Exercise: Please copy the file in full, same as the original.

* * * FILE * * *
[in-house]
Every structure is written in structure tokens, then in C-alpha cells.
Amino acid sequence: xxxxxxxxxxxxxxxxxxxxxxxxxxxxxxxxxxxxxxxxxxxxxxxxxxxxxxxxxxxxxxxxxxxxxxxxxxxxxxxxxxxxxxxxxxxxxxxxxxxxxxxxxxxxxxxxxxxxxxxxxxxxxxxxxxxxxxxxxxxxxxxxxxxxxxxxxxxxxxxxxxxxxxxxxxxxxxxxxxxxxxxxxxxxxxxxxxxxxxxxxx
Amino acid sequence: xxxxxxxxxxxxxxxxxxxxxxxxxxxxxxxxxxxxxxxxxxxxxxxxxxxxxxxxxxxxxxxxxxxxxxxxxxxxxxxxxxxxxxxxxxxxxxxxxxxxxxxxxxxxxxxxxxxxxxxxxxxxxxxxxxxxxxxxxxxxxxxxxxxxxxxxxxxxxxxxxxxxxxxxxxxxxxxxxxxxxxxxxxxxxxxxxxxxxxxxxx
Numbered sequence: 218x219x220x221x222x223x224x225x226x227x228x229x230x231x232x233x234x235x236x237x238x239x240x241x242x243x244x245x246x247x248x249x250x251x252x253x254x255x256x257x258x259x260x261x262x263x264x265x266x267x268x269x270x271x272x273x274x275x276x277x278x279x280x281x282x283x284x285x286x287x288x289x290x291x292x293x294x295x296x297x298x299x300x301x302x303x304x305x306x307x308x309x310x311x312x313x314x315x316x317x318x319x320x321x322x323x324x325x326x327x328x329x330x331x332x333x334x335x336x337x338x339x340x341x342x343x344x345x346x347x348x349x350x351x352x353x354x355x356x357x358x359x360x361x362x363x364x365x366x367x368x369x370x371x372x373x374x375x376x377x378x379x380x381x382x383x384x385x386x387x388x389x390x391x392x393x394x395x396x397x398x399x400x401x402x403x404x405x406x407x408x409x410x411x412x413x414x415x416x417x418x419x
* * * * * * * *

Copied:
[in-house]
Every structure is written in structure tokens, then in C-alpha cells.
Amino acid sequence: xxxxxxxxxxxxxxxxxxxxxxxxxxxxxxxxxxxxxxxxxxxxxxxxxxxxxxxxxxxxxxxxxxxxxxxxxxxxxxxxxxxxxxxxxxxxxxxxxxxxxxxxxxxxxxxxxxxxxxxxxxxxxxxxxxxxxxxxxxxxxxxxxxxxxxxxxxxxxxxxxxxxxxxxxxxxxxxxxxxxxxxxxxxxxxxxxxxxxxxxxx
Amino acid sequence: xxxxxxxxxxxxxxxxxxxxxxxxxxxxxxxxxxxxxxxxxxxxxxxxxxxxxxxxxxxxxxxxxxxxxxxxxxxxxxxxxxxxxxxxxxxxxxxxxxxxxxxxxxxxxxxxxxxxxxxxxxxxxxxxxxxxxxxxxxxxxxxxxxxxxxxxxxxxxxxxxxxxxxxxxxxxxxxxxxxxxxxxxxxxxxxxxxxxxxxxxx
Numbered sequence: 218x219x220x221x222x223x224x225x226x227x228x229x230x231x232x233x234x235x236x237x238x239x240x241x242x243x244x245x246x247x248x249x250x251x252x253x254x255x256x257x258x259x260x261x262x263x264x265x266x267x268x269x270x271x272x273x274x275x276x277x278x279x280x281x282x283x284x285x286x287x288x289x290x291x292x293x294x295x296x297x298x299x300x301x302x303x304x305x306x307x308x309x310x311x312x313x314x315x316x317x318x319x320x321x322x323x324x325x326x327x328x329x330x331x332x333x334x335x336x337x338x339x340x341x342x343x344x345x346x347x348x349x350x351x352x353x354x355x356x357x358x359x360x361x362x363x364x365x366x367x368x369x370x371x372x373x374x375x376x377x378x379x380x381x382x383x384x385x386x387x388x389x390x391x392x393x394x395x396x397x398x399x400x401x402x403x404x405x406x407x408x409x410x411x412x413x414x415x416x417x418x419x